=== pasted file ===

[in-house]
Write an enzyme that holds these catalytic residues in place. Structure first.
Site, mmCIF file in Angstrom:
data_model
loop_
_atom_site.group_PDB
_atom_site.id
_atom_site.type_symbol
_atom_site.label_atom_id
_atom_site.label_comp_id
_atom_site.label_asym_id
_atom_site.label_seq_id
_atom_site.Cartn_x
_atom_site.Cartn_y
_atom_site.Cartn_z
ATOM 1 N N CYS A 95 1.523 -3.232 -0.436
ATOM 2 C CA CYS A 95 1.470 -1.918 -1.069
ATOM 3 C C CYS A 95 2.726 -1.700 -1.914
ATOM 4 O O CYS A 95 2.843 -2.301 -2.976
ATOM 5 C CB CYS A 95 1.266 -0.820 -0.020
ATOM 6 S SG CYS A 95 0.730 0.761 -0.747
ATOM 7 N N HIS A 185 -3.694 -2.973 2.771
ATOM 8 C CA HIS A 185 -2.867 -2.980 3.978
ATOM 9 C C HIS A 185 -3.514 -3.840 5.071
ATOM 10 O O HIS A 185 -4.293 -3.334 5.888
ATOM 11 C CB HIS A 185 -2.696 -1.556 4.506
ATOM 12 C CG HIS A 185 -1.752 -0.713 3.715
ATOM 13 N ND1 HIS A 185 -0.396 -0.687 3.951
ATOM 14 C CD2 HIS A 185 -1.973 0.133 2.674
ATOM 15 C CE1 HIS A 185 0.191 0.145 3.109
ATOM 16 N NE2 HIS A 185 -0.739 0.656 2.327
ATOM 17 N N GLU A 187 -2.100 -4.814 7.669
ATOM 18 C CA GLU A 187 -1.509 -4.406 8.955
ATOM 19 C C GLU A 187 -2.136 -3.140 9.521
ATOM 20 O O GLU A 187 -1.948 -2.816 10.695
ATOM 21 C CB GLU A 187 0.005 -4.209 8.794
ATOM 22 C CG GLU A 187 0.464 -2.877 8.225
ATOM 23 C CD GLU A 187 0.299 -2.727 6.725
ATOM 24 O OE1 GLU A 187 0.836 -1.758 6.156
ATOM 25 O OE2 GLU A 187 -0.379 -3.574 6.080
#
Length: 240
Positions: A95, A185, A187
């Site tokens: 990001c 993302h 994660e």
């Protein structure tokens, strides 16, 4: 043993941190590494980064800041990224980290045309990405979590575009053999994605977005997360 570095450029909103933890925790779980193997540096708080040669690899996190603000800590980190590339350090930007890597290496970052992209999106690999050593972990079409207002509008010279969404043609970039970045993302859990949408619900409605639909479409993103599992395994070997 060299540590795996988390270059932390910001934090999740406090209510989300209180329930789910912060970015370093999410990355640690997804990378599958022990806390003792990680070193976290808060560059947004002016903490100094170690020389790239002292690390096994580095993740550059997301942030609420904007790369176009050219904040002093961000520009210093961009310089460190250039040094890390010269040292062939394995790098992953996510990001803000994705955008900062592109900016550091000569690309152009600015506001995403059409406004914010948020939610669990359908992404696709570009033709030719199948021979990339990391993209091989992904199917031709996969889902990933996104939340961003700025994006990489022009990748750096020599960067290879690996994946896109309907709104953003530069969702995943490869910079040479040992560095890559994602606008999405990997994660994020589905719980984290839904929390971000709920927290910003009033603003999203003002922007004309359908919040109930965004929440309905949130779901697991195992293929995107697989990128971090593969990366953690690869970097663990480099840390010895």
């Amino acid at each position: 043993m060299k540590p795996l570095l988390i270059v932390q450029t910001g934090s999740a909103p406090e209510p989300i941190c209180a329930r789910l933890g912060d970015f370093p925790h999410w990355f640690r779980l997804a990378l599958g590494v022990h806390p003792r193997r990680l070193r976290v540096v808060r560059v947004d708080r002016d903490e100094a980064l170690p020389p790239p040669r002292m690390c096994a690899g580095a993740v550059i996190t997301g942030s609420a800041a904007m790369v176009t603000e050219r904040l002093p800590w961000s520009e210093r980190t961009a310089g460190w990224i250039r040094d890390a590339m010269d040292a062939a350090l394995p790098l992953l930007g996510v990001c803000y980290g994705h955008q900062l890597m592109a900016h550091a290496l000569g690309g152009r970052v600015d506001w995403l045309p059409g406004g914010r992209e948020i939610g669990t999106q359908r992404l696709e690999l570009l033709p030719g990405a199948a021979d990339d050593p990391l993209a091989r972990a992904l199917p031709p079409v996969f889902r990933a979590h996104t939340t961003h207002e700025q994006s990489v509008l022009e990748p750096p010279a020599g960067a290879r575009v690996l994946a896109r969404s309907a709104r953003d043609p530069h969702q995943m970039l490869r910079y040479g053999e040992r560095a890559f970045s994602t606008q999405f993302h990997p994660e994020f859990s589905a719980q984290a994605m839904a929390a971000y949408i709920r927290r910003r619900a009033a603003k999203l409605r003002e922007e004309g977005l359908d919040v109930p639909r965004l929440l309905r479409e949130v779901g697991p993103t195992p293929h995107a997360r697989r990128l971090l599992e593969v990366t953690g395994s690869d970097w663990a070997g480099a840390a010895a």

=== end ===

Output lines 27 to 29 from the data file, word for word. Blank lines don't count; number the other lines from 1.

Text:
ATOM 12 C CG HIS A 185 -1.752 -0.713 3.715
ATOM 13 N ND1 HIS A 185 -0.396 -0.687 3.951
ATOM 14 C CD2 HIS A 185 -1.973 0.133 2.674